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“Inside Job,” an exploration of the 2008 economic meltdown, won for best documentary, which proved an uncommonly lively category this time.

The Oscar buildup featured speculation about whether Banksy, a mystery man of the street-art world, might show up for his awards entry, “Exit Through the Gift Shop.” If he was at the Oscars, he did not declare himself.

But it was the topic on most people’s minds the last two years, the economy, that resonated among Oscar voters. “Inside Job” director Charles Ferguson subjected Wall Street players, economists and bureaucrats to a fierce cross-examination to depict the economic crisis as a colossal crime perpetrated on the working-class masses by a greedy few.

“Forgive me, I must start by pointing out that three years after our horrific financial crisis caused by financial fraud, not a single financial executive has gone to jail, and that’s wrong,” Ferguson said.

While “The King’s Speech” came in as the best-picture favorite, “The Social Network” was considered a potent prospect for an upset win.

The two films have led a strong and varied field of best-picture contenders since they debuted nearly six months ago. “The Social Network” was the early leader, grabbing key critics’ honors and winning best drama at the Golden Globes. Momentum shifted to “The King’s Speech” as the film dominated on Oscar nominations morning and swept top awards from influential actors, directors and producers guilds.

“Toy Story 3,” last year’s top-grossing release and a contender for best picture, won the fourth-straight animated-feature Oscar for Disney’s Pixar Animation unit. Pixar has produced six of the 10 Oscar recipients for animation since the category was added, including “Finding Nemo,” “WALL-E” and last year’s winner, “Up.”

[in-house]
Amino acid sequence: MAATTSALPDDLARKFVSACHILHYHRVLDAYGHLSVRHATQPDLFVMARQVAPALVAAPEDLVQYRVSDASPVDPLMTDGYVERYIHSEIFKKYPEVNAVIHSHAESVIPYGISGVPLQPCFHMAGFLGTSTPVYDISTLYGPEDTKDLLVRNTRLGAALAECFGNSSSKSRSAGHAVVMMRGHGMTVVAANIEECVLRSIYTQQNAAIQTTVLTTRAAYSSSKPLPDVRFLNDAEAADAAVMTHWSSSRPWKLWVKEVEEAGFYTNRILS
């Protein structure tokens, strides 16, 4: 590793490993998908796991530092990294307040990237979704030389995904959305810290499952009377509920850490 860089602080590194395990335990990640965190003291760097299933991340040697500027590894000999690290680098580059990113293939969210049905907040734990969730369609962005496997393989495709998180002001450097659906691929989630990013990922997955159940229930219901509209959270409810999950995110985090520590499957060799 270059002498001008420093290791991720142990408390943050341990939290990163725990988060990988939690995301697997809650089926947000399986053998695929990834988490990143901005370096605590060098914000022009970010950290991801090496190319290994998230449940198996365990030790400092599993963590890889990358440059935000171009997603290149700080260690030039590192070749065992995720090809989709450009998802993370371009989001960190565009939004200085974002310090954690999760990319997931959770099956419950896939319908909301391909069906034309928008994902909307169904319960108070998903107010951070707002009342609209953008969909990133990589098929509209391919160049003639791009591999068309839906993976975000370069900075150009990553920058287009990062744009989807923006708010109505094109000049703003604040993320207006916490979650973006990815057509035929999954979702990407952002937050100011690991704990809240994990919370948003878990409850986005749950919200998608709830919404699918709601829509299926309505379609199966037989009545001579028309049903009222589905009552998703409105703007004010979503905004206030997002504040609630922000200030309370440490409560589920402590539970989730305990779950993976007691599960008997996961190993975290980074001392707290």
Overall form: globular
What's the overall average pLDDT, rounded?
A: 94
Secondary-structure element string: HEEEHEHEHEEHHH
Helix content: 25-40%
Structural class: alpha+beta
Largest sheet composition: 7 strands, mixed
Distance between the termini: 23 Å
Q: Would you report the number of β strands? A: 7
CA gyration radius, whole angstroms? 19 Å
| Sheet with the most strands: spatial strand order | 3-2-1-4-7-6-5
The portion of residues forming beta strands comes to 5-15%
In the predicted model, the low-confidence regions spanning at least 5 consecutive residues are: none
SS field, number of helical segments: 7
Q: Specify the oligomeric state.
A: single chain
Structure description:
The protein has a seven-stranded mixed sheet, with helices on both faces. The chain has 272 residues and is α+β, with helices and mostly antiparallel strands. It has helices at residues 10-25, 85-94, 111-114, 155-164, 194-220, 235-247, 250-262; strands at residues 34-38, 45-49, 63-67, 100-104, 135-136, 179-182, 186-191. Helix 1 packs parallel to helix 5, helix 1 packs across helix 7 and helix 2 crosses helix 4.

It was an odd backdrop for a Pixar win, the Oscar ceremony using visual effects to present the award in front of a re-creation of Far Far Away, the fairy-tale realm of Disney rival DreamWorks Animation’s “Shrek” movies. The original “Shrek” won the first Oscar for feature animation, but unlike the durable “Toy Story” franchise, the “Shrek” series finished with a critical dud, last year’s “Shrek Forever After.”

Reuniting voice stars Tom Hanks and Tim Allen, “Toy Story 3” was the latest follow-up to the 1995 film that launched today’s era of feature-length computer animation.

“Toy Story 3” director Lee Unkrich called Pixar the “most awesome place on the planet to make movies.”

The Oscar for foreign-language film went to Danish filmmaker Susanne Bier’s “In a Better World,” a saga of two broken families that centers on two teenage boys struggling with violence at school and plotting revenge.

The Lewis Carroll update “Alice in Wonderland” won the first prize of the night, claiming the art direction Oscar. It also won for costume design.

The show opened with co-hosts Anne Hathaway and James Franco inserted into a montage of scenes from best-picture nominees, built as a series of dream sequences reminiscent of “Inception.” The footage included such guests as Morgan Freeman and last year’s Oscar co-host Alec Baldwin.

Franco started off telling Hathaway how beautiful she looked. Hathaway shot back, “You look very appealing to a younger demographic, as well.”

With TV ratings on a general decline over the last few decades, Oscar organizers doubled the best-picture category from five to 10 films last year, hoping to spice up the show and bring in a broader range of films. Academy overseers also have tried to liven up the show with fresh hosts, new routines and different ways of presenting awards.

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